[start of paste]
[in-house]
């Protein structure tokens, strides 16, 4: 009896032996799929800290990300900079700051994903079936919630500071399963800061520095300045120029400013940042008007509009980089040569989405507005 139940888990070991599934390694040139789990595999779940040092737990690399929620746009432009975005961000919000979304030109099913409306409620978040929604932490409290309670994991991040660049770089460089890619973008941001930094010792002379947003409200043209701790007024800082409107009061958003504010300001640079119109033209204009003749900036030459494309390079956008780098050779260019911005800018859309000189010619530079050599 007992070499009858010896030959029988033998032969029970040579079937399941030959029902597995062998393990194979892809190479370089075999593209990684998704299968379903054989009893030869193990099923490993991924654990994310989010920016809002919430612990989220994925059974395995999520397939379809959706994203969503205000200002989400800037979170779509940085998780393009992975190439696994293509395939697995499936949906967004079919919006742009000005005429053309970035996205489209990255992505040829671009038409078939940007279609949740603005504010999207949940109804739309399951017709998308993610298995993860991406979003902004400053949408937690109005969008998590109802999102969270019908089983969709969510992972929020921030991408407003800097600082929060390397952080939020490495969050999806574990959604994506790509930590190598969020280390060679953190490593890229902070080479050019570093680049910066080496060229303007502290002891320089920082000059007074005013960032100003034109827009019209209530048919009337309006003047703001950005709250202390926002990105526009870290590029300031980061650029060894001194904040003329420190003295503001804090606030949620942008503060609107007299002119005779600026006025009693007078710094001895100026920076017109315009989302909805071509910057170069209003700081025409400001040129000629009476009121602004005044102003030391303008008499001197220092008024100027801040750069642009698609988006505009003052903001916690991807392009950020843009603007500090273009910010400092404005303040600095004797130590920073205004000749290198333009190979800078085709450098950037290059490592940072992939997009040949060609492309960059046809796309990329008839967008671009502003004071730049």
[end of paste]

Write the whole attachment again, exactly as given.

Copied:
[in-house]
């Protein structure tokens, strides 16, 4: 009896032996799929800290990300900079700051994903079936919630500071399963800061520095300045120029400013940042008007509009980089040569989405507005 139940888990070991599934390694040139789990595999779940040092737990690399929620746009432009975005961000919000979304030109099913409306409620978040929604932490409290309670994991991040660049770089460089890619973008941001930094010792002379947003409200043209701790007024800082409107009061958003504010300001640079119109033209204009003749900036030459494309390079956008780098050779260019911005800018859309000189010619530079050599 007992070499009858010896030959029988033998032969029970040579079937399941030959029902597995062998393990194979892809190479370089075999593209990684998704299968379903054989009893030869193990099923490993991924654990994310989010920016809002919430612990989220994925059974395995999520397939379809959706994203969503205000200002989400800037979170779509940085998780393009992975190439696994293509395939697995499936949906967004079919919006742009000005005429053309970035996205489209990255992505040829671009038409078939940007279609949740603005504010999207949940109804739309399951017709998308993610298995993860991406979003902004400053949408937690109005969008998590109802999102969270019908089983969709969510992972929020921030991408407003800097600082929060390397952080939020490495969050999806574990959604994506790509930590190598969020280390060679953190490593890229902070080479050019570093680049910066080496060229303007502290002891320089920082000059007074005013960032100003034109827009019209209530048919009337309006003047703001950005709250202390926002990105526009870290590029300031980061650029060894001194904040003329420190003295503001804090606030949620942008503060609107007299002119005779600026006025009693007078710094001895100026920076017109315009989302909805071509910057170069209003700081025409400001040129000629009476009121602004005044102003030391303008008499001197220092008024100027801040750069642009698609988006505009003052903001916690991807392009950020843009603007500090273009910010400092404005303040600095004797130590920073205004000749290198333009190979800078085709450098950037290059490592940072992939997009040949060609492309960059046809796309990329008839967008671009502003004071730049």